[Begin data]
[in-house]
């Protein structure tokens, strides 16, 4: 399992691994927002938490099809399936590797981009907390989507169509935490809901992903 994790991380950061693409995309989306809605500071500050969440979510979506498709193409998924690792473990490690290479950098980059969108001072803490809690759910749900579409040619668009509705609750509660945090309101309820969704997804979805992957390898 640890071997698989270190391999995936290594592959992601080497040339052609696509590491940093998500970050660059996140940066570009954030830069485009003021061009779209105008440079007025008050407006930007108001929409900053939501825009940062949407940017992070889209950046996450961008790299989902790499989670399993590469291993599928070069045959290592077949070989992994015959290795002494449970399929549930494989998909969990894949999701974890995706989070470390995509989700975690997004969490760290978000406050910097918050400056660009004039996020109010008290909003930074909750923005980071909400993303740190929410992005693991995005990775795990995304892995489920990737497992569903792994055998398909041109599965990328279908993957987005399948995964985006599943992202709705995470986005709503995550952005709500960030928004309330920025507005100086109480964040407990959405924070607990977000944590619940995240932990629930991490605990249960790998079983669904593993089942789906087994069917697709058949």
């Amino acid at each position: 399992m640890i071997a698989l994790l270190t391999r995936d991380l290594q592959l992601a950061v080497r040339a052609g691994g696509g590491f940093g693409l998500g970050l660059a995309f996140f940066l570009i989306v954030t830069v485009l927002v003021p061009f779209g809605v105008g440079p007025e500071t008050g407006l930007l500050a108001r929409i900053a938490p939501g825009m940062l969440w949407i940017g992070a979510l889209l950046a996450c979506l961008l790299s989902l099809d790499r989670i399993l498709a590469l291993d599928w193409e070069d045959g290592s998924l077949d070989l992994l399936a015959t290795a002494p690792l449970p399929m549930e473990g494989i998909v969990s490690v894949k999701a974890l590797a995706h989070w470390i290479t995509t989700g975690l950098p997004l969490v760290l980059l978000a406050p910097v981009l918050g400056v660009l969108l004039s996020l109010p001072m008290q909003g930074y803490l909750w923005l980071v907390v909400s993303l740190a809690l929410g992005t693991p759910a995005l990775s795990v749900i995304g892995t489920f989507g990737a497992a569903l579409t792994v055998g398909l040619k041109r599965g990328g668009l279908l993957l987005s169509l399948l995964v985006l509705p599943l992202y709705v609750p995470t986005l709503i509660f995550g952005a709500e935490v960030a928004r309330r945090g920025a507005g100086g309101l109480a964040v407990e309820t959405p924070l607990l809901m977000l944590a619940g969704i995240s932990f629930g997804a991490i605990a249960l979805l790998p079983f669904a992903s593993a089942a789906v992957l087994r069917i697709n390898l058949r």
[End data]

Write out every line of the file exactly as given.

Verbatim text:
[in-house]
């Protein structure tokens, strides 16, 4: 399992691994927002938490099809399936590797981009907390989507169509935490809901992903 994790991380950061693409995309989306809605500071500050969440979510979506498709193409998924690792473990490690290479950098980059969108001072803490809690759910749900579409040619668009509705609750509660945090309101309820969704997804979805992957390898 640890071997698989270190391999995936290594592959992601080497040339052609696509590491940093998500970050660059996140940066570009954030830069485009003021061009779209105008440079007025008050407006930007108001929409900053939501825009940062949407940017992070889209950046996450961008790299989902790499989670399993590469291993599928070069045959290592077949070989992994015959290795002494449970399929549930494989998909969990894949999701974890995706989070470390995509989700975690997004969490760290978000406050910097918050400056660009004039996020109010008290909003930074909750923005980071909400993303740190929410992005693991995005990775795990995304892995489920990737497992569903792994055998398909041109599965990328279908993957987005399948995964985006599943992202709705995470986005709503995550952005709500960030928004309330920025507005100086109480964040407990959405924070607990977000944590619940995240932990629930991490605990249960790998079983669904593993089942789906087994069917697709058949």
């Amino acid at each position: 399992m640890i071997a698989l994790l270190t391999r995936d991380l290594q592959l992601a950061v080497r040339a052609g691994g696509g590491f940093g693409l998500g970050l660059a995309f996140f940066l570009i989306v954030t830069v485009l927002v003021p061009f779209g809605v105008g440079p007025e500071t008050g407006l930007l500050a108001r929409i900053a938490p939501g825009m940062l969440w949407i940017g992070a979510l889209l950046a996450c979506l961008l790299s989902l099809d790499r989670i399993l498709a590469l291993d599928w193409e070069d045959g290592s998924l077949d070989l992994l399936a015959t290795a002494p690792l449970p399929m549930e473990g494989i998909v969990s490690v894949k999701a974890l590797a995706h989070w470390i290479t995509t989700g975690l950098p997004l969490v760290l980059l978000a406050p910097v981009l918050g400056v660009l969108l004039s996020l109010p001072m008290q909003g930074y803490l909750w923005l980071v907390v909400s993303l740190a809690l929410g992005t693991p759910a995005l990775s795990v749900i995304g892995t489920f989507g990737a497992a569903l579409t792994v055998g398909l040619k041109r599965g990328g668009l279908l993957l987005s169509l399948l995964v985006l509705p599943l992202y709705v609750p995470t986005l709503i509660f995550g952005a709500e935490v960030a928004r309330r945090g920025a507005g100086g309101l109480a964040v407990e309820t959405p924070l607990l809901m977000l944590a619940g969704i995240s932990f629930g997804a991490i605990a249960l979805l790998p079983f669904a992903s593993a089942a789906v992957l087994r069917i697709n390898l058949r």